Germany tops the G20 for wind and solar
But Germany still generates 44% of its power from fossil fuels, more than the UK and Canada
Germany tops the G20 for wind and solar.
Wind and solar delivered a third of German electricity in 2020. This is over three times the global average and puts Germany ahead of any other G20 country. The nearest challenger is the UK with 29%.
Wind and solar’s market share has almost doubled In Germany since 2015.
Wind and solar produced 33% of Germany’s electricity in 2020 compared to 18% in 2015. Although the global average has risen to almost a tenth of electricity production from wind and solar, Germany is continuing to pull away.
Germany’s coal generation has halved since 2015, the fifth largest fall in the G20.
Electricity produced from coal dropped by 51% (-138 TWh) between 2015 and 2020. Wind and solar generation increased by 66 TWh to replace almost half of this. Coal now accounts for 24% of Germany’s electricity. However, this still places Germany ninth in the G20 for dependency on coal and is higher than both the US and Russia. Germany’s coal generation has also declined at a much slower rate than in other countries such as the UK (-93%) and Italy (-65%).
Germany still generates 44% of its power from fossil fuels, more than the UK and Canada.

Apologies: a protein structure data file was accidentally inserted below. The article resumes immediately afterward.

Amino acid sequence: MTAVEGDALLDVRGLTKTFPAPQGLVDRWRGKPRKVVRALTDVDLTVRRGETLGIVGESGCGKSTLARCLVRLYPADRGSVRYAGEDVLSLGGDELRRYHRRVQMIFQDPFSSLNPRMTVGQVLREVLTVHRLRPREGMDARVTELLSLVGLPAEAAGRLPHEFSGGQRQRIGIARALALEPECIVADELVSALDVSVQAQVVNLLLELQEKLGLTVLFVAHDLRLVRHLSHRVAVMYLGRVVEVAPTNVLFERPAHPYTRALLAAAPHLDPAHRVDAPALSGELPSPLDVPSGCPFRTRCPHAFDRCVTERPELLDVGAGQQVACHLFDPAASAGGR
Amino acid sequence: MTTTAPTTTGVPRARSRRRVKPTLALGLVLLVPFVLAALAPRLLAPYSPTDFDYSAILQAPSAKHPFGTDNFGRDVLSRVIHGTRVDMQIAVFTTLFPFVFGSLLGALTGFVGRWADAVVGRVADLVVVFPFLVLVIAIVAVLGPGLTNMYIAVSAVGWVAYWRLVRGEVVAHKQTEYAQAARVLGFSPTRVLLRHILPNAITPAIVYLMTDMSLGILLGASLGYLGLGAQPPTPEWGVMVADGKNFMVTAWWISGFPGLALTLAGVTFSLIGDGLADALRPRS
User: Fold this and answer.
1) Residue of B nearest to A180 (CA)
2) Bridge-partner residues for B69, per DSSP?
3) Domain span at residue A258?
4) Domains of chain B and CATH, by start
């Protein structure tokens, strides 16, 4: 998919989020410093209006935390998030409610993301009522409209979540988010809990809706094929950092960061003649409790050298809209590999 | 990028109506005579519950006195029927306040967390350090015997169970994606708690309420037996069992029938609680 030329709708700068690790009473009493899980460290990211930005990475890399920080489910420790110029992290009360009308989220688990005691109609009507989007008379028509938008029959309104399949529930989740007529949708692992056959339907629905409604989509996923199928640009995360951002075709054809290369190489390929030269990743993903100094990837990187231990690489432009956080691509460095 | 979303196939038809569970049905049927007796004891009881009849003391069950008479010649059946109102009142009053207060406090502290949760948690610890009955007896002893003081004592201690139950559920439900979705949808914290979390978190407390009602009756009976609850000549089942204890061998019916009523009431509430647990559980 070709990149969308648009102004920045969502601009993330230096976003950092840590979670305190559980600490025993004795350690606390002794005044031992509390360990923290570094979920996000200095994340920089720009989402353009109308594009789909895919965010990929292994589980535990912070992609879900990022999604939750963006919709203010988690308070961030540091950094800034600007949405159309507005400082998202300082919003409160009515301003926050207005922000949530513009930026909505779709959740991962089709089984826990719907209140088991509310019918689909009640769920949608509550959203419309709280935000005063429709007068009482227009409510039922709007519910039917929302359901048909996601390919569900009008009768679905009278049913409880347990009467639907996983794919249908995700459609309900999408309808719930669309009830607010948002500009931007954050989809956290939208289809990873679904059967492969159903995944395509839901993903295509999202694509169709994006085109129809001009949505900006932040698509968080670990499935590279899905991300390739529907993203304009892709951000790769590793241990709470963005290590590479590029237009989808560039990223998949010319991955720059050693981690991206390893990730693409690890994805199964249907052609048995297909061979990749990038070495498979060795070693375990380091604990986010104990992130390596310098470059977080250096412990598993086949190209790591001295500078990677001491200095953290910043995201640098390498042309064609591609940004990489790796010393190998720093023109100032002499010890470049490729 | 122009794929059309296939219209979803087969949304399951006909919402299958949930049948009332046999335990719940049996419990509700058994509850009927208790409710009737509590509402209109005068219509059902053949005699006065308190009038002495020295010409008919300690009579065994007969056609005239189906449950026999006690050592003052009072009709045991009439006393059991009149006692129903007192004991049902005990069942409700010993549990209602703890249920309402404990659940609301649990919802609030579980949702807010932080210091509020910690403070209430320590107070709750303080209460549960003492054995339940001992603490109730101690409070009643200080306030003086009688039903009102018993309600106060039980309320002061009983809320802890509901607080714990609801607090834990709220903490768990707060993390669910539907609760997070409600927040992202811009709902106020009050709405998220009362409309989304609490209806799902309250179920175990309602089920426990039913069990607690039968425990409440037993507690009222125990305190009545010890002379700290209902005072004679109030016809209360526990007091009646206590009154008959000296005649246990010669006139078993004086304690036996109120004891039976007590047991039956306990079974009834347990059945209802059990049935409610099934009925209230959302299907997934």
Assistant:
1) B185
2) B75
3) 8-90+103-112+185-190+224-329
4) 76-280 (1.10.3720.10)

Despite the decline in coal, Germany remains reliant on fossil fuels. Fossil gas has increased its share by 67% since 2015 and currently makes up 16% of Germany’s electricity mix. While coal generation has declined by 51% since 2015, total fossil generation has fallen by only 31%.
“Germany is doing a great job of showing the world how a huge amount of wind and solar can be quickly built and integrated into the electricity system. This is paying dividends, as coal generation collapses. But there’s still a long journey ahead and Germany urgently needs a strategy to transition to completely fossil-free electricity.”
Trends in 2020
Comparison with G20
Germany’s electricity transition in spotlight: 2015-2020
Renewable generation has doubled since 2015 and now accounts for 45% of Germany’s electricity. This resulted in a landmark moment in 2020 as renewables overtook fossil fuels for the first time. Fossil generation was 44% in 2020. This shift is predominantly due to coal being replaced by wind and solar. Whilst coal’s share of production fell by 19 percentage points, wind and solar’s share increased by 14 percentage points.